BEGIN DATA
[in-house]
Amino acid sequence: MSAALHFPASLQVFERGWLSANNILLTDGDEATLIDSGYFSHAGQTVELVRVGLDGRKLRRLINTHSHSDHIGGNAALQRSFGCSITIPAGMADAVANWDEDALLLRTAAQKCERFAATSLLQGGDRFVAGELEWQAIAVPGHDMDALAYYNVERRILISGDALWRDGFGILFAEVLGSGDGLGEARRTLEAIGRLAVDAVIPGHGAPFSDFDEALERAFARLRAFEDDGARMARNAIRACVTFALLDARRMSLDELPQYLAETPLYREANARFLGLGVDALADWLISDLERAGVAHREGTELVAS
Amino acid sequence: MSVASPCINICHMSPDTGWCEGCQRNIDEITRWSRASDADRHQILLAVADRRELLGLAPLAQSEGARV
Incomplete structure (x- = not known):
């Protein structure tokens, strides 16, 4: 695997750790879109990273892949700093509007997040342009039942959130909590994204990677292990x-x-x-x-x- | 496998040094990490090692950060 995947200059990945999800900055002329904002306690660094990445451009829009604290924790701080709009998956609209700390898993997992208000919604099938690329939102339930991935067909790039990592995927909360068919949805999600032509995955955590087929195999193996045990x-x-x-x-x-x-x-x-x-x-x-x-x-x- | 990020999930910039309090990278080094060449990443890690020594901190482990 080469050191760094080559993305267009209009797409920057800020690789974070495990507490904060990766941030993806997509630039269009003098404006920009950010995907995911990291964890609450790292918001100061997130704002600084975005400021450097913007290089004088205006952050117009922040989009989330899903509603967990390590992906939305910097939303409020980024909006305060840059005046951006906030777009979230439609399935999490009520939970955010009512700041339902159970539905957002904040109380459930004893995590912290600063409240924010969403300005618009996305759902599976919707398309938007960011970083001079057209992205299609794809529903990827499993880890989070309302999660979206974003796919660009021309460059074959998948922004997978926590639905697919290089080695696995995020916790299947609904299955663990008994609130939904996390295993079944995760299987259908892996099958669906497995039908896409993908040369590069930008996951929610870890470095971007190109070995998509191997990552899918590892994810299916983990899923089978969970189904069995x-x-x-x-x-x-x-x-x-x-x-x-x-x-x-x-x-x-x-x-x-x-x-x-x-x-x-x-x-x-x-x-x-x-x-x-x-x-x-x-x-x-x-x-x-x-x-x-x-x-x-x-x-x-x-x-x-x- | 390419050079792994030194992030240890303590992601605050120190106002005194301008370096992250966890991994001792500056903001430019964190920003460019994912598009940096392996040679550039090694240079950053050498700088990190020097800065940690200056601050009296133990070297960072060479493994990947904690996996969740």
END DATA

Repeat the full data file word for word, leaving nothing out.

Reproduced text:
[in-house]
Amino acid sequence: MSAALHFPASLQVFERGWLSANNILLTDGDEATLIDSGYFSHAGQTVELVRVGLDGRKLRRLINTHSHSDHIGGNAALQRSFGCSITIPAGMADAVANWDEDALLLRTAAQKCERFAATSLLQGGDRFVAGELEWQAIAVPGHDMDALAYYNVERRILISGDALWRDGFGILFAEVLGSGDGLGEARRTLEAIGRLAVDAVIPGHGAPFSDFDEALERAFARLRAFEDDGARMARNAIRACVTFALLDARRMSLDELPQYLAETPLYREANARFLGLGVDALADWLISDLERAGVAHREGTELVAS
Amino acid sequence: MSVASPCINICHMSPDTGWCEGCQRNIDEITRWSRASDADRHQILLAVADRRELLGLAPLAQSEGARV
Incomplete structure (x- = not known):
């Protein structure tokens, strides 16, 4: 695997750790879109990273892949700093509007997040342009039942959130909590994204990677292990x-x-x-x-x- | 496998040094990490090692950060 995947200059990945999800900055002329904002306690660094990445451009829009604290924790701080709009998956609209700390898993997992208000919604099938690329939102339930991935067909790039990592995927909360068919949805999600032509995955955590087929195999193996045990x-x-x-x-x-x-x-x-x-x-x-x-x-x- | 990020999930910039309090990278080094060449990443890690020594901190482990 080469050191760094080559993305267009209009797409920057800020690789974070495990507490904060990766941030993806997509630039269009003098404006920009950010995907995911990291964890609450790292918001100061997130704002600084975005400021450097913007290089004088205006952050117009922040989009989330899903509603967990390590992906939305910097939303409020980024909006305060840059005046951006906030777009979230439609399935999490009520939970955010009512700041339902159970539905957002904040109380459930004893995590912290600063409240924010969403300005618009996305759902599976919707398309938007960011970083001079057209992205299609794809529903990827499993880890989070309302999660979206974003796919660009021309460059074959998948922004997978926590639905697919290089080695696995995020916790299947609904299955663990008994609130939904996390295993079944995760299987259908892996099958669906497995039908896409993908040369590069930008996951929610870890470095971007190109070995998509191997990552899918590892994810299916983990899923089978969970189904069995x-x-x-x-x-x-x-x-x-x-x-x-x-x-x-x-x-x-x-x-x-x-x-x-x-x-x-x-x-x-x-x-x-x-x-x-x-x-x-x-x-x-x-x-x-x-x-x-x-x-x-x-x-x-x-x-x-x- | 390419050079792994030194992030240890303590992601605050120190106002005194301008370096992250966890991994001792500056903001430019964190920003460019994912598009940096392996040679550039090694240079950053050498700088990190020097800065940690200056601050009296133990070297960072060479493994990947904690996996969740």